Rachel Canton

Published on 8 November 2023 • 2 mins. to read

In a globalised world where cultural and economic exchanges between countries are increasingly frequent, the need to give international validity to official documents such as diplomas, administrative acts or legal contracts is paramount. One of the main instruments for ensuring this recognition is sworn translation, which involves having a translation certified by a professional approved by a competent authority. But to what extent are these translations recognised abroad? This article provides an overview of the mechanisms and processes used to ensure the international validity of sworn translations.

The sworn translator’s authorisation: a key first step

For a translation to be considered sworn and have international validity, it must be produced by a sworn translator. This professional is authorised by a competent authority (for example, in France, this is the Court of Appeal), which confers on them the title of ‘legal expert’ in translation matters.

This authorisation guarantees the quality and reliability of the translation carried out by this specialist, who has in-depth linguistic skills and a good knowledge of the legal and administrative subtleties specific to the country concerned. Choosing a sworn translator is therefore a crucial step in ensuring the international validity of your documents.

Legalisation or apostille: essential additional procedures

Although a sworn translation is carried out by an approved professional, this is generally not enough for it to be automatically accepted abroad. Depending on the country to which the document is addressed and the specific nature of the document, it may need to be legalised or apostilled.


Legalisation is an administrative process that allows a document issued in one country to be officially recognised by the authorities of another. In practical terms, this involves having the document (or its sworn translation) officially stamped by various bodies, such as consulates, embassies or other competent institutions.

This confirms the authenticity of the signatures, stamps and titles of the people who signed and certified the original document or the sworn translation. However, each country has its own legalisation requirements, which can make the process long and tedious.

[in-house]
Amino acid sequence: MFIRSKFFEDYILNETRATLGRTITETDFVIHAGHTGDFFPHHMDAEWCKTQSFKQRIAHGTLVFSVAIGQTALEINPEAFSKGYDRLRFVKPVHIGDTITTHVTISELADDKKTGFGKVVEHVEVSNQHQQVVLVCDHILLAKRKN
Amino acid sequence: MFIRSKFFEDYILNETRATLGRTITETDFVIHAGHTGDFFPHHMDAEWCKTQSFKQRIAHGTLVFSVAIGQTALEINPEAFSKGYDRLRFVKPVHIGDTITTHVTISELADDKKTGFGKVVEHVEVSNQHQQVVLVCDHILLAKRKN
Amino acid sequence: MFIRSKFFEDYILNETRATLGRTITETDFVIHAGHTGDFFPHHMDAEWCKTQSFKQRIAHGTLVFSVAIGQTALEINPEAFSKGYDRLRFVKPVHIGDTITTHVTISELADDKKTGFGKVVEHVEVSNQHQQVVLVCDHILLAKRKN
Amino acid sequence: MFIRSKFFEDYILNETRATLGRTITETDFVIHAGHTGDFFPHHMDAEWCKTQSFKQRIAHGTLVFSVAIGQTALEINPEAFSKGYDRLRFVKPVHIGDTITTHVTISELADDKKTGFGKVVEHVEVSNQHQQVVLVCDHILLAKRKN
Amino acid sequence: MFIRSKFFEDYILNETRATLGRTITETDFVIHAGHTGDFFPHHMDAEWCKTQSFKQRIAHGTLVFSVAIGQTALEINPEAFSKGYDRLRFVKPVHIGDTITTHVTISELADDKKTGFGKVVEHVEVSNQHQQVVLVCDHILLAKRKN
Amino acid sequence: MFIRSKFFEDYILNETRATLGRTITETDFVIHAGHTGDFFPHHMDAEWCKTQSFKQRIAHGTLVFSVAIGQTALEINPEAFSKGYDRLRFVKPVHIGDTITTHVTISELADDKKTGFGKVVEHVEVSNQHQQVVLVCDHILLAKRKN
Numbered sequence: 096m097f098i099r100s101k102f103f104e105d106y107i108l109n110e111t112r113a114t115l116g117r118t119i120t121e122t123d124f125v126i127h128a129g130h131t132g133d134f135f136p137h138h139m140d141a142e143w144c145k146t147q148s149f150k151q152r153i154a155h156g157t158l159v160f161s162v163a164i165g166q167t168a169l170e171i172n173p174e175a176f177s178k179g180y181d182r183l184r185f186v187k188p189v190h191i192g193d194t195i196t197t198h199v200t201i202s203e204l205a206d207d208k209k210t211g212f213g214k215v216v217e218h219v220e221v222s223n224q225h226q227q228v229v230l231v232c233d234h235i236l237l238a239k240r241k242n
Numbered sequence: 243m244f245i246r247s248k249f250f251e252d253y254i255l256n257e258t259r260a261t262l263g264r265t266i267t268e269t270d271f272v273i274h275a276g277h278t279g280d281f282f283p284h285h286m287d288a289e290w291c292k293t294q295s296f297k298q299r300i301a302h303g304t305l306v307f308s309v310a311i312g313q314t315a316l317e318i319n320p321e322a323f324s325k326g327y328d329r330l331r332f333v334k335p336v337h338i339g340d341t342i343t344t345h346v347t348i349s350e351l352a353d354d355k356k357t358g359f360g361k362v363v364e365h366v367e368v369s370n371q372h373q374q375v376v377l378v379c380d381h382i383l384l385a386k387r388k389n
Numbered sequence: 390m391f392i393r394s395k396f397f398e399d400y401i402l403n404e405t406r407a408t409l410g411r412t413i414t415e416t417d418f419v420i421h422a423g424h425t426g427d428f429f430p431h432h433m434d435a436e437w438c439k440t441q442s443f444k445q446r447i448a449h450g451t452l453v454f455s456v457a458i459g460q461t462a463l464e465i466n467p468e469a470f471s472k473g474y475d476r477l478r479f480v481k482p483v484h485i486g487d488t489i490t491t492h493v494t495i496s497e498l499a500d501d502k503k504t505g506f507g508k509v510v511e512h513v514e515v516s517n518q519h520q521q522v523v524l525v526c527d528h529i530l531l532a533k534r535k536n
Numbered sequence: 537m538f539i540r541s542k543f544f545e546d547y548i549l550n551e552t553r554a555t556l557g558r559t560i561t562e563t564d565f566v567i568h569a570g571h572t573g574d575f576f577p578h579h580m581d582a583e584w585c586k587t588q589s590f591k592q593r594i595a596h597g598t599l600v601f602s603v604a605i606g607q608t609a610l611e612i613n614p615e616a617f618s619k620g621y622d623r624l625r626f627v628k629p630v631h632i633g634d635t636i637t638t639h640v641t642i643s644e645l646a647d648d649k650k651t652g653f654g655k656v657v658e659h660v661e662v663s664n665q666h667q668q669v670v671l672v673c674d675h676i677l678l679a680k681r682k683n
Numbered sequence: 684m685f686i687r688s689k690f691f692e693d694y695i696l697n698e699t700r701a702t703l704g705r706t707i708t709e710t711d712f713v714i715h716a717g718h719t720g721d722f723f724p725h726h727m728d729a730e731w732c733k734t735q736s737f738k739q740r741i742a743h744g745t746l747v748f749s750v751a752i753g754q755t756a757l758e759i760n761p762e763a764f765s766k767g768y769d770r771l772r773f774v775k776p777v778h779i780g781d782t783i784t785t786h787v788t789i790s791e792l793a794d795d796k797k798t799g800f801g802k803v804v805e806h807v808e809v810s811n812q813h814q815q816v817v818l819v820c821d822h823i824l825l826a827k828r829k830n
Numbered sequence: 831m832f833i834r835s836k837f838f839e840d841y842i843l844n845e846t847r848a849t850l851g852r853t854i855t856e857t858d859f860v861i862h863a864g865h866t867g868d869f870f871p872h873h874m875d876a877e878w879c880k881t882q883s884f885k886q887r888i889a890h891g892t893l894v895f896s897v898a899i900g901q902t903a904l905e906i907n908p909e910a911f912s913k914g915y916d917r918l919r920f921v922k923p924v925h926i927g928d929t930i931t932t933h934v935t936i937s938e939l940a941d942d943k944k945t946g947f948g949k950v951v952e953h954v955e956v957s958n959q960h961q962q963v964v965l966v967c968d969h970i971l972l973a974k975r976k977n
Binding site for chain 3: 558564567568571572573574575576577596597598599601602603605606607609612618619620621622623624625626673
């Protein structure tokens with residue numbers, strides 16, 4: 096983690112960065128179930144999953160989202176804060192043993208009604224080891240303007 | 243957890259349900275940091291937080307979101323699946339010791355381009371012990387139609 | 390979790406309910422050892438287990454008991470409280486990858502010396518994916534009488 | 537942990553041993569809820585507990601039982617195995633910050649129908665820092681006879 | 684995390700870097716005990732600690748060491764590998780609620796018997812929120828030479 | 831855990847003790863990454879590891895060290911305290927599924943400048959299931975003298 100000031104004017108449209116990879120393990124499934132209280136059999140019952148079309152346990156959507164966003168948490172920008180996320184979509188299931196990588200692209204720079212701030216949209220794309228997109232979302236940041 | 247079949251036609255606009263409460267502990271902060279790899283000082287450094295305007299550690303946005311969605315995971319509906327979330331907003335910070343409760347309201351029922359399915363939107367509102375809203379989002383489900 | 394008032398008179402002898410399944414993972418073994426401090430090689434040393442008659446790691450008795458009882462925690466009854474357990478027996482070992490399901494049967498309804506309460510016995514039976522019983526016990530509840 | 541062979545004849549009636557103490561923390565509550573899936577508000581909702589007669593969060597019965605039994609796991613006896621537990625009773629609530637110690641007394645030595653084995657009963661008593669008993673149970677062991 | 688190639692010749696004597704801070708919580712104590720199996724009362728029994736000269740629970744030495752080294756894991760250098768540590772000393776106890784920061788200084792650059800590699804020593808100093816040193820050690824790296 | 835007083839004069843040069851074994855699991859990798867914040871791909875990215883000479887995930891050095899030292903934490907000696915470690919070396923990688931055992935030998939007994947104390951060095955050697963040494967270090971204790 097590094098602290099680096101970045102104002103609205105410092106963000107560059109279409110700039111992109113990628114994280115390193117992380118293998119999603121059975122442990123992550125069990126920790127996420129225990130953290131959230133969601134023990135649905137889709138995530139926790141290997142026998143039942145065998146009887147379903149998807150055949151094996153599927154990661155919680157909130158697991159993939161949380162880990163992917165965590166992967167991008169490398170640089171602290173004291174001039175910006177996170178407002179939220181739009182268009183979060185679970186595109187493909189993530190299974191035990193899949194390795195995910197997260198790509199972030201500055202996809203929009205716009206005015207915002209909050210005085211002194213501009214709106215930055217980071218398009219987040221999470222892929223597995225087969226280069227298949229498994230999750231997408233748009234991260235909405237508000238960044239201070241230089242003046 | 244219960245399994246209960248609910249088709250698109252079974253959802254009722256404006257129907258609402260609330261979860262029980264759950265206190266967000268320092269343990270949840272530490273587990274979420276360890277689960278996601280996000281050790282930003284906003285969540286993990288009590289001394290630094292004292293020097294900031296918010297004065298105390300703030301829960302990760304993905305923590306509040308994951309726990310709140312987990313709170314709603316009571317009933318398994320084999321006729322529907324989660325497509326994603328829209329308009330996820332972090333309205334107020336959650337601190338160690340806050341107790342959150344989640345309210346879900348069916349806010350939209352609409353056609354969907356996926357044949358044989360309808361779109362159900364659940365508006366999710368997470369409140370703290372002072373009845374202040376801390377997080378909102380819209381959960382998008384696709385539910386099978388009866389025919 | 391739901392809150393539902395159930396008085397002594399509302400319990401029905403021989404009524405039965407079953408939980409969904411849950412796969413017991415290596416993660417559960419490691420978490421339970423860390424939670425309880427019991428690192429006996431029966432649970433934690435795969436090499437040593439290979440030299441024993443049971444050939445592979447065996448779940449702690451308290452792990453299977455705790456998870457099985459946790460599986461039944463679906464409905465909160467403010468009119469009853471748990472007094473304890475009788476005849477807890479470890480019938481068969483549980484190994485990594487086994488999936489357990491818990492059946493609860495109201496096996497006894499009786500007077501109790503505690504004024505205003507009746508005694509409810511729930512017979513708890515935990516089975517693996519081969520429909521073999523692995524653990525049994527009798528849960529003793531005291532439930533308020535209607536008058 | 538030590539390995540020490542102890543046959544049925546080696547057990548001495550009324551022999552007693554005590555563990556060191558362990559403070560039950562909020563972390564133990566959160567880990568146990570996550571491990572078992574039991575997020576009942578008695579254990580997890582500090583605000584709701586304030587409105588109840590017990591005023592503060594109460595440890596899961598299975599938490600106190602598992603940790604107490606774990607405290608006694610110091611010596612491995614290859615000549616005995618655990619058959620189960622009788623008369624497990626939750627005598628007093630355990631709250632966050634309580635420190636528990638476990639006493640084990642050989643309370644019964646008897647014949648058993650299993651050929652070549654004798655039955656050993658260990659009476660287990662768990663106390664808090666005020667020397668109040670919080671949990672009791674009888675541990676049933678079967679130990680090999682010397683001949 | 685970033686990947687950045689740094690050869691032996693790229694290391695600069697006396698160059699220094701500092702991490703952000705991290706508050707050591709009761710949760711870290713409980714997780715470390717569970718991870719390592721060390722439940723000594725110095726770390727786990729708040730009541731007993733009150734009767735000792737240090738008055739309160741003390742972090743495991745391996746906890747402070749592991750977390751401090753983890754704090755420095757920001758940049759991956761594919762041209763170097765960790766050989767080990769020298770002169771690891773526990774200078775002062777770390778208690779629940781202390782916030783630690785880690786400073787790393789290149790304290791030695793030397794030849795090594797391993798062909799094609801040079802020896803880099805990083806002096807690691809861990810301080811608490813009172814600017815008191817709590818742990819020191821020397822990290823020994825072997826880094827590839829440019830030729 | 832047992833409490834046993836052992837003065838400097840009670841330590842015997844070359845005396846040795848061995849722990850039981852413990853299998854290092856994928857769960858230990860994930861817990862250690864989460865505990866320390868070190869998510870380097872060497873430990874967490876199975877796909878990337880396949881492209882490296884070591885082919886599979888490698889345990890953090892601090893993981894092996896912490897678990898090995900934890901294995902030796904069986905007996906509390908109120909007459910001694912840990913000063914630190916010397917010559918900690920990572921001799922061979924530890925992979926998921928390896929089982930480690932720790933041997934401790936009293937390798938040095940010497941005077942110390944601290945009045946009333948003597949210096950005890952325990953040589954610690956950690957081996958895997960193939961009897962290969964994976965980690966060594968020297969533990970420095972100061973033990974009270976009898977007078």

To simplify the process of international recognition of documents, over a hundred countries have signed up to the Hague Convention, which introduced the apostille mechanism. The apostille is a unique, official stamp affixed to a document (or its sworn translation) which considerably simplifies the procedure compared with legalisation.

Once a document has received an apostille issued by the competent authority in the issuing country (for example, in France, this is the tribunal de grande instance (high court)), it is no longer necessary to go through the consular or diplomatic services of the recipient country in order for it to be recognised. However, you should first check whether the country concerned is a signatory to the Hague Convention.

The period of validity of sworn translations

There is no universal period of validity for sworn translations. This concept essentially depends on the requirements of each country and the specific features of the documents concerned. For example, some countries may require the sworn translation to be completed within a specific period of time before the date on which the document is presented, while others do not impose any particular time constraints.

As a general rule, it is therefore advisable to check with the competent authorities in the country of destination to find out what their requirements are in terms of the validity of sworn translations. Whatever the case, opting for a sworn translation carried out by an approved professional and scrupulously following the legalisation or apostille stages is an additional guarantee that your document will be recognised abroad.

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